Stephen A Smith points out racial undertones in Angel Reese’s taunt backlash, saying Caitlin Clark provoked her prior to South Carolina game

Stephen A Smith, co-host of ESPN’s “First Take,” suggested that a racial factor may be contributing to the disparate reactions to Angel Reese’s taunt against Caitlin Clark during the national championship game. Reese’s LSU squad defeated Clark’s Iowa team in the game, and Reese delivered a John Cena “You Can’t See Me” hand gesture towards Clark. Smith acknowledged that he is a fan of Clark and believes she has the potential to become the greatest women’s basketball player of all time, but he could not overlook her role in instigating the taunting.

Smith argued that Clark was waving her hand and acting disrespectfully towards her opponents during the tournament, citing her behavior towards Raven Johnson in the semifinals against South Carolina. Smith believes that the inconsistent reactions to Reese’s taunt compared to Clark’s behavior may be due to a racial component in the commentary.

The media person believes that there is a white/black issue at play, with some people celebrating Clark’s actions while criticizing Reese’s. He argued that Reese’s actions were justified, as she was responding to Clark’s earlier disrespect towards her opponents. Smith criticized those who have criticized Reese but not Clark, suggesting that their critiques were being applied inconsistently.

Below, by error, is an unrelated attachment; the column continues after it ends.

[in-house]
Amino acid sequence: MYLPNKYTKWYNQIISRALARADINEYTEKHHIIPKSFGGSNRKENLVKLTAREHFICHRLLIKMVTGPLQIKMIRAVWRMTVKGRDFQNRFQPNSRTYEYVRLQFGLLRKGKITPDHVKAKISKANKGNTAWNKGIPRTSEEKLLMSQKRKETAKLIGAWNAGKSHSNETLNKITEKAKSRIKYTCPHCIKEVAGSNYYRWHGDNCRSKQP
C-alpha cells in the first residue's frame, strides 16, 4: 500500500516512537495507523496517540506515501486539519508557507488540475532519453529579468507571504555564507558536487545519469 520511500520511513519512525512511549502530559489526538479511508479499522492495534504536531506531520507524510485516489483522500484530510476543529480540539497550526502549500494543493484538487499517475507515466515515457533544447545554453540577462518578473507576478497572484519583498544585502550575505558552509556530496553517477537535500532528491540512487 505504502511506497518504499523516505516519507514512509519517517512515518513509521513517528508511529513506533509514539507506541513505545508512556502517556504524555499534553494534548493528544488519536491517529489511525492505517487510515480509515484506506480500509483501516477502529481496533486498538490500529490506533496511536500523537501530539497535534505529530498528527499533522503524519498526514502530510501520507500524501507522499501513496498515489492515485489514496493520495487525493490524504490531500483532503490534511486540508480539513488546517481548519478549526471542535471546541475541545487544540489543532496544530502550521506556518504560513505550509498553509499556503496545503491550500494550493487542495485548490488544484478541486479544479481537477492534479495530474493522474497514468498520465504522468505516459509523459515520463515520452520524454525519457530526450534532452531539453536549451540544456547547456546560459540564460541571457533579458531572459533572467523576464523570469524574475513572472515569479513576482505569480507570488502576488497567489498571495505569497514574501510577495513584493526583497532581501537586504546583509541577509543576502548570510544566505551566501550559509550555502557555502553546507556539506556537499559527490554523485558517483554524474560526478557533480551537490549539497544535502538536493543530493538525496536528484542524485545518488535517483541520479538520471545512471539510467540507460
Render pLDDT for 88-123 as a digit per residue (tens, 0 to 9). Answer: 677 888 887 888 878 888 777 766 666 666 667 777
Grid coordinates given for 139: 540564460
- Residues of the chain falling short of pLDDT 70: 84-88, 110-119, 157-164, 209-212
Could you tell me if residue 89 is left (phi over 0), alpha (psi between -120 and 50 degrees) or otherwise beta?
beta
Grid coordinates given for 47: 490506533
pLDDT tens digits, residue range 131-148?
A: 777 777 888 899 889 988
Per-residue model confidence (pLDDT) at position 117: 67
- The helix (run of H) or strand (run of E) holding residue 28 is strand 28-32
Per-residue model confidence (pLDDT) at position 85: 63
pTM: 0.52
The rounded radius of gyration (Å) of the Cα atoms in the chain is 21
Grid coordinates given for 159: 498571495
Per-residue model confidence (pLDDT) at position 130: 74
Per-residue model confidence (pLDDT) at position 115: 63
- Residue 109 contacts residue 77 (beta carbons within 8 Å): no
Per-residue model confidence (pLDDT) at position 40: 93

Reese also referenced the incident with South Carolina in her postgame interview, stating that she was not going to allow disrespect towards her team and Alexis Morris. Smith suggested that the fact that Clark’s behavior had not been brought up more frequently indicated a larger societal issue.

Stephen A. Smith on Caitlin Clark: The Steph Curry of Women’s College Basketball

Caitlin Clark is making waves in the world of women’s college basketball with her impressive range and 3-point ability, much like NBA superstar Steph Curry. Clark has been a standout player for the past three seasons, earning multiple accolades, including being a three-time AP All-American, two-time Big 12 Player of the Year, and The Athletic’s National Player of the Year.

Stephen A Smith, a well-known sports analyst, recently gave Clark high praise on ESPN’s “First Take,” comparing her to Curry: “She’s the Steph Curry of women’s college basketball. She has unlimited range, she’s got a handle, she can get to the basket, she’s aggressive with it – she averaged 27 a game this season – she’s just a sniper. She is lethal, and I love watching her.”

Clark’s impressive performances have drawn national attention, and her ability to pull up from anywhere on the court has made her a top attraction in college basketball. With her talent and skill, Clark is undoubtedly a force to be reckoned with on the court and has cemented herself as one of the best players in the game.


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